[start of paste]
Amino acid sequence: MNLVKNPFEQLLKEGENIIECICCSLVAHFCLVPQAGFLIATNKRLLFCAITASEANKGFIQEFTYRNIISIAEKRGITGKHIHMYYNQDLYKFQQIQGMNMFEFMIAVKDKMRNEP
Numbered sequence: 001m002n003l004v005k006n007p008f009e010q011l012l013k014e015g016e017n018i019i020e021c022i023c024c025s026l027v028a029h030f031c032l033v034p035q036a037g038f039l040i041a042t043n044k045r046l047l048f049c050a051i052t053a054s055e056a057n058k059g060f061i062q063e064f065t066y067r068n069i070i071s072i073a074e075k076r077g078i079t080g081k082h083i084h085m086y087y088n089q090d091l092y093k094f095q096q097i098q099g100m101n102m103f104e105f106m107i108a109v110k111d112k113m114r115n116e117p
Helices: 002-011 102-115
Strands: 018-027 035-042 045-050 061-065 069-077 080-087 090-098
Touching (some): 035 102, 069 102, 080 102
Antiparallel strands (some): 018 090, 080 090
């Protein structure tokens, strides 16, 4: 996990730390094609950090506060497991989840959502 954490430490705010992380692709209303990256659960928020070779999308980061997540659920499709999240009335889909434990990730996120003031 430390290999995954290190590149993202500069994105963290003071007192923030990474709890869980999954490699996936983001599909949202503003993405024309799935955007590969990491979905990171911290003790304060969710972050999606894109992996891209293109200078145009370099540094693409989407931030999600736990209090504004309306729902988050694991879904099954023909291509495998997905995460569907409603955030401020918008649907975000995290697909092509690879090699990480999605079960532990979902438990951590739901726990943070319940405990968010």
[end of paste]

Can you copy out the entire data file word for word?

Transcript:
Amino acid sequence: MNLVKNPFEQLLKEGENIIECICCSLVAHFCLVPQAGFLIATNKRLLFCAITASEANKGFIQEFTYRNIISIAEKRGITGKHIHMYYNQDLYKFQQIQGMNMFEFMIAVKDKMRNEP
Numbered sequence: 001m002n003l004v005k006n007p008f009e010q011l012l013k014e015g016e017n018i019i020e021c022i023c024c025s026l027v028a029h030f031c032l033v034p035q036a037g038f039l040i041a042t043n044k045r046l047l048f049c050a051i052t053a054s055e056a057n058k059g060f061i062q063e064f065t066y067r068n069i070i071s072i073a074e075k076r077g078i079t080g081k082h083i084h085m086y087y088n089q090d091l092y093k094f095q096q097i098q099g100m101n102m103f104e105f106m107i108a109v110k111d112k113m114r115n116e117p
Helices: 002-011 102-115
Strands: 018-027 035-042 045-050 061-065 069-077 080-087 090-098
Touching (some): 035 102, 069 102, 080 102
Antiparallel strands (some): 018 090, 080 090
């Protein structure tokens, strides 16, 4: 996990730390094609950090506060497991989840959502 954490430490705010992380692709209303990256659960928020070779999308980061997540659920499709999240009335889909434990990730996120003031 430390290999995954290190590149993202500069994105963290003071007192923030990474709890869980999954490699996936983001599909949202503003993405024309799935955007590969990491979905990171911290003790304060969710972050999606894109992996891209293109200078145009370099540094693409989407931030999600736990209090504004309306729902988050694991879904099954023909291509495998997905995460569907409603955030401020918008649907975000995290697909092509690879090699990480999605079960532990979902438990951590739901726990943070319940405990968010």